In this podcast, Family Law Expert, Vicki Jackson discusses prenups.
WHAT IS A PRENUP?
WHAT IS A PRENUP AND SHOULD YOU CONSIDER ONE?
The term prenup is often associated with media coverage of newlyweds who are both rich and famous, who want to protect their personal assets in the event that the relationship fails, but do they have any applicability in Australia?
Dan: Vicki, first off, what is a prenup and, secondly, are they relevant for our Australian listeners who may be contemplating marriage?
Vicki: Dan, a prenup is what the law refers to as a financial agreement, and basically it enables people to set out, in a written agreement, how they will deal with their property in the unfortunate event that their marriage or relationship breaks down. Now, the agreement allows for parties to agree on dividing up their property on separation, in a way which may not necessarily reflect a division of property according to the Family Law Act, so there’s scope there for people to be a little bit novel in about how they’re going to handle their affairs.
Vicki: But the interesting thing about a prenup, or a financial agreement, is that it is innately different to any other agreement we might sign because we are trying to deal with property, about which we may or may not even own at this stage, and we’re going to deal with it at a time, if ever, at a time unknown, in circumstances also unknown. So whilst you can try with … I should say, you know, without the ball to gaze into, it’s very difficult to know where people might be at any given point.
Vicki: So the other novelty about the agreement is that before anyone signs them, they must receive legal advice, and the lawyer giving that advice must provide a signed statement, not only to their client, but also to the other party, where they state that they have given advice to their client about the effect of the agreement, and the advantages and disadvantages of their signing that agreement.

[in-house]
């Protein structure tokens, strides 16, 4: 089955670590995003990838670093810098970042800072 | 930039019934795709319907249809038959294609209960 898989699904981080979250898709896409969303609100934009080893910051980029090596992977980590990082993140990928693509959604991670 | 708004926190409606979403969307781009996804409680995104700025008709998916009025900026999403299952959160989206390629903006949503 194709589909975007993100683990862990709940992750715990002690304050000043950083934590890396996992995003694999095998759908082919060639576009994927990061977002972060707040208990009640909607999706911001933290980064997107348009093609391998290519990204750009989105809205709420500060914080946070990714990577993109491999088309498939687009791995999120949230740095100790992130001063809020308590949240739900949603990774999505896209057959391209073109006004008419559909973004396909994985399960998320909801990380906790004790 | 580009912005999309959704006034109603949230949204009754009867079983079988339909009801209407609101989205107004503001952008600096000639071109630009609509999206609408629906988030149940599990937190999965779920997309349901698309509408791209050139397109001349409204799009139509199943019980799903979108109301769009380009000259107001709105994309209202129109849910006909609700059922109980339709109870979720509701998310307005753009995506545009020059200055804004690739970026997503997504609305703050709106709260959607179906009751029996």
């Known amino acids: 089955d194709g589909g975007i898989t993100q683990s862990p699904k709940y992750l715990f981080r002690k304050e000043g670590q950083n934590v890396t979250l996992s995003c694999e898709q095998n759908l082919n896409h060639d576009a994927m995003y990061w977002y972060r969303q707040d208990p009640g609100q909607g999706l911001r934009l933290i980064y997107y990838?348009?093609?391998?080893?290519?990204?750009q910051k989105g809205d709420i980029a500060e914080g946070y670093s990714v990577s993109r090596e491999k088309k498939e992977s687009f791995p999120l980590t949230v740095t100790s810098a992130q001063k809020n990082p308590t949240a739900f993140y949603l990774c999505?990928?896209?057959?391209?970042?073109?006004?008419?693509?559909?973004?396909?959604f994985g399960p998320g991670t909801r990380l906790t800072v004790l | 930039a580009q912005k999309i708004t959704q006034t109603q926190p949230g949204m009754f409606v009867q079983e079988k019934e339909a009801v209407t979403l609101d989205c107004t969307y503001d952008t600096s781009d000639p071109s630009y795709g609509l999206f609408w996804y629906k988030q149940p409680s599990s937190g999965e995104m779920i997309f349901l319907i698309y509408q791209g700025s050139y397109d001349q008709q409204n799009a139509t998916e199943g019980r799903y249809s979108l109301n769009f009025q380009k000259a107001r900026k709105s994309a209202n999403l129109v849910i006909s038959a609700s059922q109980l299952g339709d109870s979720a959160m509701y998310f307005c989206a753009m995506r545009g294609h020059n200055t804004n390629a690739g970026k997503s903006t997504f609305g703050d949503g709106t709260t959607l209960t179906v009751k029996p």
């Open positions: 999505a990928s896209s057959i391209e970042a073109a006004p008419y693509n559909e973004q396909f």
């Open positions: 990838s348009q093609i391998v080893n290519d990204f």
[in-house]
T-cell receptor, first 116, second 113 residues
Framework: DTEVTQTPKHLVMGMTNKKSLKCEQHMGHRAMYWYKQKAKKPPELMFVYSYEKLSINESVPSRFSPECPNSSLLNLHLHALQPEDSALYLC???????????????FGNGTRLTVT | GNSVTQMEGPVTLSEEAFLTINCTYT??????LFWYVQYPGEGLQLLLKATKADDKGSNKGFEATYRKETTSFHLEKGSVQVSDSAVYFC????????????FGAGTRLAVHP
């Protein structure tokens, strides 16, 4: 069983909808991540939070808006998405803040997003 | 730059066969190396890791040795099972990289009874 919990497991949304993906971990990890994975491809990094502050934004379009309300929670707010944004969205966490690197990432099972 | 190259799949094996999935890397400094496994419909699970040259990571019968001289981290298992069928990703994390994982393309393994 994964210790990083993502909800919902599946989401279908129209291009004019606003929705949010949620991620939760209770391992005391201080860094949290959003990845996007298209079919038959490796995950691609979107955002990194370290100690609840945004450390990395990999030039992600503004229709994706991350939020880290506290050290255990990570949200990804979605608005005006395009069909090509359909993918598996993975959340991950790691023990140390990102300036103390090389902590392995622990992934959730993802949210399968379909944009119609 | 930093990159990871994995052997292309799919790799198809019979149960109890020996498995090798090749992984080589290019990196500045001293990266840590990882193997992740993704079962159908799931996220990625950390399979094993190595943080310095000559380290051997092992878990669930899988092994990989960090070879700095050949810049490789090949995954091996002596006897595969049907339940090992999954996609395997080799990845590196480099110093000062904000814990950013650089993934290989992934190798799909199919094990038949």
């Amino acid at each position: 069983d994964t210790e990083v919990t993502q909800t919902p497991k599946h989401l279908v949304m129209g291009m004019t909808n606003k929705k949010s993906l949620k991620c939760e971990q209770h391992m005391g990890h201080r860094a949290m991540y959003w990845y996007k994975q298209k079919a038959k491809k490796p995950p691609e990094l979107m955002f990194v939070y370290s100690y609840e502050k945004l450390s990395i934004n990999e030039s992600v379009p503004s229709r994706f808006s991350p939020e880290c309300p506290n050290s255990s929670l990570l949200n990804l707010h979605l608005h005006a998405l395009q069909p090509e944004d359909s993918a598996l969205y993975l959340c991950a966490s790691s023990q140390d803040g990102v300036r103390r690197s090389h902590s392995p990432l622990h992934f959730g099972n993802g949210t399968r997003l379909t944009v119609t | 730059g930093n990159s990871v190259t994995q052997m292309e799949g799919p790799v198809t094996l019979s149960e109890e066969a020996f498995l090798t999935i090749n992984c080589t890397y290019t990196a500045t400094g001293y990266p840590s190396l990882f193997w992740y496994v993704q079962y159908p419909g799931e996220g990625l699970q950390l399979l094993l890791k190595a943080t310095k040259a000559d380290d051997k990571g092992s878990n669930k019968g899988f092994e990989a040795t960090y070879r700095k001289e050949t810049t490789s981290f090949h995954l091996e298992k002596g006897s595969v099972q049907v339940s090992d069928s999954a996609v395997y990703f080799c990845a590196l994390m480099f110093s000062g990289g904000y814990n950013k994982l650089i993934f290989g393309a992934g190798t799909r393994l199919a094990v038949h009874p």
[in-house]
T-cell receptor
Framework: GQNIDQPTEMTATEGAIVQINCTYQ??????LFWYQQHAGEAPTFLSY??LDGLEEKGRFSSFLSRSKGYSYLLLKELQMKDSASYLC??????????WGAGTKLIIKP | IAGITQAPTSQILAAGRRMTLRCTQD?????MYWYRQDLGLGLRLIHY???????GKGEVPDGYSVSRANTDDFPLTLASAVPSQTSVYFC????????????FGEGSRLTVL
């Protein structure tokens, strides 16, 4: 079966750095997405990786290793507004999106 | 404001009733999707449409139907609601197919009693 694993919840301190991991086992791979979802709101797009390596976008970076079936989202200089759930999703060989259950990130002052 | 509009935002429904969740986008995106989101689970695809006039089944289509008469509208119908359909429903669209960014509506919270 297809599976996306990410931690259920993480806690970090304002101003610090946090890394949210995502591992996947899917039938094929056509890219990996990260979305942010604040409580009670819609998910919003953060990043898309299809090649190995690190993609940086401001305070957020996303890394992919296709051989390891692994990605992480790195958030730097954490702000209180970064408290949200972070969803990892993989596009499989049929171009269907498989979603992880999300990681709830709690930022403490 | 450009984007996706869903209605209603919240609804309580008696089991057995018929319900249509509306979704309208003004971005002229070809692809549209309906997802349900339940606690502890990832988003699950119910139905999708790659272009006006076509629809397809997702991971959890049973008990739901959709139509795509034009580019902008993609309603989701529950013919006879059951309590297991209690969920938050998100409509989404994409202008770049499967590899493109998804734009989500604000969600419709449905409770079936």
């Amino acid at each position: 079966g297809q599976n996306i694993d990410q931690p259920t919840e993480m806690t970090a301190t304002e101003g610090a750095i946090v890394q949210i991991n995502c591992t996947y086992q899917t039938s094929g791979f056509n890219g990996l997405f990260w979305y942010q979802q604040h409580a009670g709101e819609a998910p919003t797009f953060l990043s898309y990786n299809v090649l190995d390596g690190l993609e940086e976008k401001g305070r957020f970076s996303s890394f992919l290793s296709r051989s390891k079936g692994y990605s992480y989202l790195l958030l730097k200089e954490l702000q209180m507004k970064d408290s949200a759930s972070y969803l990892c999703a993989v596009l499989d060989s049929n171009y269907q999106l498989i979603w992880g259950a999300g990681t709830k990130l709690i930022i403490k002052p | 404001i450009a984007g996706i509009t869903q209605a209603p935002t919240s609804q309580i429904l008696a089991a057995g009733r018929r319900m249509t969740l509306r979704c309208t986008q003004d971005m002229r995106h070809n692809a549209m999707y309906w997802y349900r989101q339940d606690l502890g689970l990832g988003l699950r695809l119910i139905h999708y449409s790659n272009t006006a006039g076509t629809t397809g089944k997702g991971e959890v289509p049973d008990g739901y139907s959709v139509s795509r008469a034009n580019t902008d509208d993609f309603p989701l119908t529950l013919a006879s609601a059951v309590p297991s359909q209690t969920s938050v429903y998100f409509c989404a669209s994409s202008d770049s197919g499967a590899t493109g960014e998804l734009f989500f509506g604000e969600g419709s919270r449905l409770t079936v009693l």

Vicki: So you can see it’s entirely different to, for example, you might go off and buy a new car, or you might sign a contract to buy a house. They are an agreement, and they are an agreement in writing, but innately very different to anything else that we might do in our lifetime.
Dan: So, Vicki, they’re obviously relevant in Australia. I mean, we do hear about them often in the United States.
Vicki: Yes. They’ve been relevant in Australia since about 2000, and I guess one cap doesn’t necessarily fit all, but I believe that the prenups are very useful for mature couples in particular, where they’re past childbearing age, each party might have property, maybe wanting to ensure that their individual property is preserved for their children after their death.
Vicki: To that end, there’s an added benefit, in that the state court will recognise, and has recognised, at least what the parties agreed upon, and that’s very relevant if one of those parties, after death, should make an application to receive more out of their deceased spouse’s estate. So I think they’re very, very useful in those situations.
Vicki: As to whether the document is binding, well, yes, they are binding, provided that certain formalities are followed, and one of the important things, of course, is the prerequisite legal advice. It’s a lawyers job to make sure that those prerequisites are followed.
Vicki: The other very important thing is that both of the parties must make a full and frank disclosure to the other about what they own. So, as a starting point, I always say to people they must be prepared to accurately identify and show their spouse or potential spouse exactly what they’re worth, because it necessarily follows that if you’re asking the other party to give up something, or to accept property in the future, then they have to put all their cards on the table, so that they know exactly what they’re giving up.